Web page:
• Reply to: Jenny Come Lately   1 week 1 day ago

    I've collected US stamps for most of my life. In the past, the USPS made some attempt to provide special services to stamp collectors. Considering most of the sales to collectors are never redeemed as service (profit), one would think the Postal Service would consider the collector in its policies. Creating a new rarity, too many new issues, issues having multiple printers....all make the hobby expensive and leaves the collector feeling used.
    As example, the practice of issuing coil stamps which require the collector to purchase the entire roll or purchase from a secondary market for much more than face. Since some coils are made available in strips of 25, clearly it could be done with all new issues. I appears to me to be another way USPS milks the collector.
    Another example is the failure to offer philatelic windows at the local PO. Even worse, having USPS employees working the windows without any knowledge about the very stamps they're selling.
    Lastly, having employees at the Fulfillment Center mishandling and damaging stamps while processing orders. Protective, safe packing should not be a "special request."
    In other words, if the USPS expects to attract new collectors or keep the loyalty of long time collectors, I suggest you consider demonstrating a little more respect to the hobby.

  • Reply to: Jenny Come Lately   1 week 1 day ago

    Great idea, but poorly implemented.

  • Reply to: Jenny Come Lately   1 week 1 day ago

    Frankly, I love the idea of the upright-up side down Jenny. I know I have almost no chance of acquiring one, but the idea was fun, exciting and a much needed boost to the hobby of stamp collecting and to interest in United States' stamps in general. The issue led to hundreds of posts about it on Facebook and lots of blog entries were devoted to it. I don't think the USPS should be creating artificial rarities on a continual basic but this might be the most appropriate issue to create such a rarity given that it commemorates the creation of one of the most famous rarities in history. The last time it happened was Farley's Follies in 1940, so once every 65 years or so seems reasonable. (And Farley's Follies are well loved now and also still generate lots of discussions about stamps on social media).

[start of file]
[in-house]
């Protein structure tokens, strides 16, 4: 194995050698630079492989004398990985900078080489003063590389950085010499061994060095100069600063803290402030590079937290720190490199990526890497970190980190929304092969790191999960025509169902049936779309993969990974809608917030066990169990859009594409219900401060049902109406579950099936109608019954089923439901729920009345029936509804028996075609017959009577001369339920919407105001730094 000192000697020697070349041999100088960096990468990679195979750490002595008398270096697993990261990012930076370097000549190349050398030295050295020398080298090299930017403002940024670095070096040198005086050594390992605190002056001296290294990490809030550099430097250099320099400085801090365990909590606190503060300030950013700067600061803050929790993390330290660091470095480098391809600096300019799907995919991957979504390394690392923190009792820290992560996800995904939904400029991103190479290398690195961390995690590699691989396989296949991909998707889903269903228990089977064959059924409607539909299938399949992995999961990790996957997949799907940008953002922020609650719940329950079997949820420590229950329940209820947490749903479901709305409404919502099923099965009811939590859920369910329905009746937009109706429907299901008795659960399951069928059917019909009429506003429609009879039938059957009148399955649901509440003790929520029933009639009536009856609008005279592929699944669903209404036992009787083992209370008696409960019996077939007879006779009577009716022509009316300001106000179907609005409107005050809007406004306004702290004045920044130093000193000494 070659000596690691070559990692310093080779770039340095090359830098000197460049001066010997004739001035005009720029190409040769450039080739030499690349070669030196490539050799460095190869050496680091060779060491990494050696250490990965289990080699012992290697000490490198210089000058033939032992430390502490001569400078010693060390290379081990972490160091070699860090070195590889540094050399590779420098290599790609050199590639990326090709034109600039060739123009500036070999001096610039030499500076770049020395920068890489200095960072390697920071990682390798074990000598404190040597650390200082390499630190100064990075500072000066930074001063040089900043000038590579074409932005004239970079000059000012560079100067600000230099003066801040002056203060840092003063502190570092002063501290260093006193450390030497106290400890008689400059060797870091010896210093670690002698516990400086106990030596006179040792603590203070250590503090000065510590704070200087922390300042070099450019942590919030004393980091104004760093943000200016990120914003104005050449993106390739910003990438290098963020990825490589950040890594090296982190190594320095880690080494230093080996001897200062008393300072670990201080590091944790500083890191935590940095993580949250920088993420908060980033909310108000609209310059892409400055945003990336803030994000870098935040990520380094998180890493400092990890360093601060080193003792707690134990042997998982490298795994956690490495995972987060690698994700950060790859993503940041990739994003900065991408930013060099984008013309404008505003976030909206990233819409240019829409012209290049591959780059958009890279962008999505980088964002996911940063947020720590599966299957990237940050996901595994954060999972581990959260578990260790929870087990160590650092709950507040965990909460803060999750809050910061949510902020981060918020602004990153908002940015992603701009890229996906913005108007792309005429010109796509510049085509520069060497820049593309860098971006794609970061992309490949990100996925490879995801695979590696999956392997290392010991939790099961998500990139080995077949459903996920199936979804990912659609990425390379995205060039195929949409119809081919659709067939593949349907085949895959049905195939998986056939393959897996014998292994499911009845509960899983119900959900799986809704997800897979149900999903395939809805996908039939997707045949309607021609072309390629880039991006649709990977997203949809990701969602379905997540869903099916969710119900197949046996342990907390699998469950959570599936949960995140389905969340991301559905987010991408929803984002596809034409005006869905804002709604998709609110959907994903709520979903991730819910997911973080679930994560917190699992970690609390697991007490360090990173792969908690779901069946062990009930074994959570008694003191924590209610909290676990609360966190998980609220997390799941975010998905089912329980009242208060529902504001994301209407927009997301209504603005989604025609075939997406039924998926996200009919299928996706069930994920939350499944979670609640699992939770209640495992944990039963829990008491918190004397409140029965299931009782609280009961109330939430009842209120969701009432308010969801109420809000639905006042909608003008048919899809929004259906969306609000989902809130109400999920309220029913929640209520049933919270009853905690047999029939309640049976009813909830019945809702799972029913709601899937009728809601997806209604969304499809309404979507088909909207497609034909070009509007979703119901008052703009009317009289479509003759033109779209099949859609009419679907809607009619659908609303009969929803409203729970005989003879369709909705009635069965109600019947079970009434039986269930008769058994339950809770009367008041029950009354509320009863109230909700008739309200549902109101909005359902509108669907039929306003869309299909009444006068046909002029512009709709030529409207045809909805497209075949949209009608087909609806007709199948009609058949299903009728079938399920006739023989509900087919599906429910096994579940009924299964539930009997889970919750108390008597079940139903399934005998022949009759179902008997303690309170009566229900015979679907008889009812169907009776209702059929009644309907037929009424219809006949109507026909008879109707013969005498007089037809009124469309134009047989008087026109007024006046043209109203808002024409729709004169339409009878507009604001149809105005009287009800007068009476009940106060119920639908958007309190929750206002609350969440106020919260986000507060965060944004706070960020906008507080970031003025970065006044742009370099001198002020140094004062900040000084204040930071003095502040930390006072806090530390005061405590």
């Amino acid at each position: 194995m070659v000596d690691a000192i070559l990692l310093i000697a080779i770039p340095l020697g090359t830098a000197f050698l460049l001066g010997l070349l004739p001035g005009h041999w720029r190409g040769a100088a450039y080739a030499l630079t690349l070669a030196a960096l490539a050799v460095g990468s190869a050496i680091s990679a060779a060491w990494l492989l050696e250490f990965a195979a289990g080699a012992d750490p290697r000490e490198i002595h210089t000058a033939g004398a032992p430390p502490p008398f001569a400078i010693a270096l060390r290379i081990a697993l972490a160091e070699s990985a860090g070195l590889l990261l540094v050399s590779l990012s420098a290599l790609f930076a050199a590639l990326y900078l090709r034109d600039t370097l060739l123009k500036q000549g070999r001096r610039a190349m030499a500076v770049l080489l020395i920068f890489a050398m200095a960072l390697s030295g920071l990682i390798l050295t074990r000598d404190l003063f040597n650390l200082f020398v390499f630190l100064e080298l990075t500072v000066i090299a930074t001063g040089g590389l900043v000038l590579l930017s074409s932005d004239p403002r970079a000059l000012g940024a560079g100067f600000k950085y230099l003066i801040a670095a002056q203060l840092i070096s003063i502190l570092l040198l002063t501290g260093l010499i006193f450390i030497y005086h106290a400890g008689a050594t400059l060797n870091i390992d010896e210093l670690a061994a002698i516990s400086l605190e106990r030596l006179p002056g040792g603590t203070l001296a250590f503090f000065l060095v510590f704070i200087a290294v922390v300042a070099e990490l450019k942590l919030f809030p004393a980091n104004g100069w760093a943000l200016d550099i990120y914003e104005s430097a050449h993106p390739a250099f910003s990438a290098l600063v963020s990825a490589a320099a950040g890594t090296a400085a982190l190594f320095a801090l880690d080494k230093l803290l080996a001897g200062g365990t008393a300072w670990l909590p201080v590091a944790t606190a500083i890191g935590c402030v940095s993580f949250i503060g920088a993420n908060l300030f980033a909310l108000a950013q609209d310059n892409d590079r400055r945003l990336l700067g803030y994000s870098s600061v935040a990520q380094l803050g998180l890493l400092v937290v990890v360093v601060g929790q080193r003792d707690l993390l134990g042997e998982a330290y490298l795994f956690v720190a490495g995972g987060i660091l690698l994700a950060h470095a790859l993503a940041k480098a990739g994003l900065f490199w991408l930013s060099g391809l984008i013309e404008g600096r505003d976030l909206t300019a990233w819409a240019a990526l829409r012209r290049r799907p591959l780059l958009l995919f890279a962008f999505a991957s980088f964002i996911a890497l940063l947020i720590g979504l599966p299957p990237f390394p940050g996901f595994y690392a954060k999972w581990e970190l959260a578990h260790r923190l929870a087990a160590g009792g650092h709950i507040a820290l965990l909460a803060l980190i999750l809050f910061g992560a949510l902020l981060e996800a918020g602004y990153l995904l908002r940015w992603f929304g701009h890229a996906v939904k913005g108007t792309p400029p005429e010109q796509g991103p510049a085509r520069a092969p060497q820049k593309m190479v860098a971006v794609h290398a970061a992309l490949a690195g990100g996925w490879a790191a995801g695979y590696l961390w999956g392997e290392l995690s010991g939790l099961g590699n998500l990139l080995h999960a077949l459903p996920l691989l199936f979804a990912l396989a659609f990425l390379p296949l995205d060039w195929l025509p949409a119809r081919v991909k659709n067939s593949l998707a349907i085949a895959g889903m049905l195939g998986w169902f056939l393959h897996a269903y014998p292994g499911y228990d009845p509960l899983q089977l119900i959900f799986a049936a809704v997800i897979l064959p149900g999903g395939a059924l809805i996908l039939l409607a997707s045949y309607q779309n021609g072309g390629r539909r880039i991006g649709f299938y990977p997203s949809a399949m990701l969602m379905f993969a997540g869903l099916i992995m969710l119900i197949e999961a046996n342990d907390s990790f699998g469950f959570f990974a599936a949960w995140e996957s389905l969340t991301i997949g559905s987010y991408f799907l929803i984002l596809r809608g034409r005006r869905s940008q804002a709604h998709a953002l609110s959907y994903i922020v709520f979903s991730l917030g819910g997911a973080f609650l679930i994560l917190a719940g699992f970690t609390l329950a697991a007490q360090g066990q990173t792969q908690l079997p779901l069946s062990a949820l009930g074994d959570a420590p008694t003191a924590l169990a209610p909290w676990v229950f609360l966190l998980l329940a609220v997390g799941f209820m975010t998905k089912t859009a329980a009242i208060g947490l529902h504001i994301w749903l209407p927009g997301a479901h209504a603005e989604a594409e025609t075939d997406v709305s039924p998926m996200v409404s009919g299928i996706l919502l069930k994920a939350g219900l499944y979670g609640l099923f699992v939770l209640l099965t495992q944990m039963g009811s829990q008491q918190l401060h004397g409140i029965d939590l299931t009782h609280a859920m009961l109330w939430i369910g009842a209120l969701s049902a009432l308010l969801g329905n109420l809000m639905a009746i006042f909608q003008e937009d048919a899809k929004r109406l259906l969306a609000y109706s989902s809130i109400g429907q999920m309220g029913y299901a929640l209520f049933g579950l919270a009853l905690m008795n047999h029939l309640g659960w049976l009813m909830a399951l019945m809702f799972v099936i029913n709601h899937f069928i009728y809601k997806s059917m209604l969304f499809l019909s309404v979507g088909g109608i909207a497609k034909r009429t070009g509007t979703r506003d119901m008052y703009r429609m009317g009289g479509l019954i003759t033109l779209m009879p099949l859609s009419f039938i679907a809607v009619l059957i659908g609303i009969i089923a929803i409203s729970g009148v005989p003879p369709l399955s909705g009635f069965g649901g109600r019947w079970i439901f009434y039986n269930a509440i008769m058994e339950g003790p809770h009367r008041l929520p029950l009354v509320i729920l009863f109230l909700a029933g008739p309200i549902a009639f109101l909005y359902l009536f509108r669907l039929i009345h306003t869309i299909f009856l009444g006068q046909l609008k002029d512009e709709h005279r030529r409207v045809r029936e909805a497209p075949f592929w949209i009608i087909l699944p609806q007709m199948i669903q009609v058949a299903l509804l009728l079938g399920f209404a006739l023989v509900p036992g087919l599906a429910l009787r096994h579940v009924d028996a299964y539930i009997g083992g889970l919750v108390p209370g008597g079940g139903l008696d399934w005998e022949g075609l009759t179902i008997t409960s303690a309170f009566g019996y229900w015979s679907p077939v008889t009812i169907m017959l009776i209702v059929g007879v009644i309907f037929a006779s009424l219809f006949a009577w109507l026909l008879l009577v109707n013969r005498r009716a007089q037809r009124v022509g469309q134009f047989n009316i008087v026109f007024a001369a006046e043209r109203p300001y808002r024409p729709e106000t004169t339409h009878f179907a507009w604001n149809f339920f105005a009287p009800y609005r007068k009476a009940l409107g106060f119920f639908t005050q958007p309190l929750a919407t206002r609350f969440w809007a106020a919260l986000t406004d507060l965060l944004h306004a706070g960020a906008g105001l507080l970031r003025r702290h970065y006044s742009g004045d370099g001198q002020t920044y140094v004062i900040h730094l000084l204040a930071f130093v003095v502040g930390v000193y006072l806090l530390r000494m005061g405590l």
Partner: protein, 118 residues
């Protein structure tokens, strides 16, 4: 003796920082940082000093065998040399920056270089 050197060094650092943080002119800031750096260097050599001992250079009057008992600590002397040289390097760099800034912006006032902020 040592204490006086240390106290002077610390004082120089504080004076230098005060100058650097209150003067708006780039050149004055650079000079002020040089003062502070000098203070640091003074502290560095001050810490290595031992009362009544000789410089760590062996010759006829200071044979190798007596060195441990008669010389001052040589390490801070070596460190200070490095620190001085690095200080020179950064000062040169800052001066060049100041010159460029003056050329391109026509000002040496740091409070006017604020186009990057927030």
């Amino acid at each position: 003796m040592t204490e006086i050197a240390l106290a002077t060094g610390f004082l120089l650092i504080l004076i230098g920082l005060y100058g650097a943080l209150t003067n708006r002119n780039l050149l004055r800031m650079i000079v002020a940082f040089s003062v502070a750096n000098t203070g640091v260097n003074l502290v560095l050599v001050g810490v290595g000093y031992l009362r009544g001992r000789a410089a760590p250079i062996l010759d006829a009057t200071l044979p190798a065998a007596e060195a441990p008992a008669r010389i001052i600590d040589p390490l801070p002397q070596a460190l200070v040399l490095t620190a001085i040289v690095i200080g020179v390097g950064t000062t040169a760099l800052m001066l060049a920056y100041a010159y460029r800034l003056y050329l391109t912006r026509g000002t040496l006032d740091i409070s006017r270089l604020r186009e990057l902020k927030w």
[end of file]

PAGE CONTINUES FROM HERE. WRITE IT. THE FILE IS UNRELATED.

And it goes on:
The USPS is blocked from normal revenue generation, like raising postal prices (have you seen the price of mail in the rest of the world???), dropping expensive services (there's hasn't been Saturday deliveries in Canada for example since the 1970's). They are not allowed to compete against private businesses by creating and selling items that private businesses can sell but are still expected to generate a profit like the businesses they aren't allowed to compete against, and so on. Generating revenue in this unique and fun way can easily be forgiven in my mind.

  • Reply to: Jenny Come Lately   1 week 1 day ago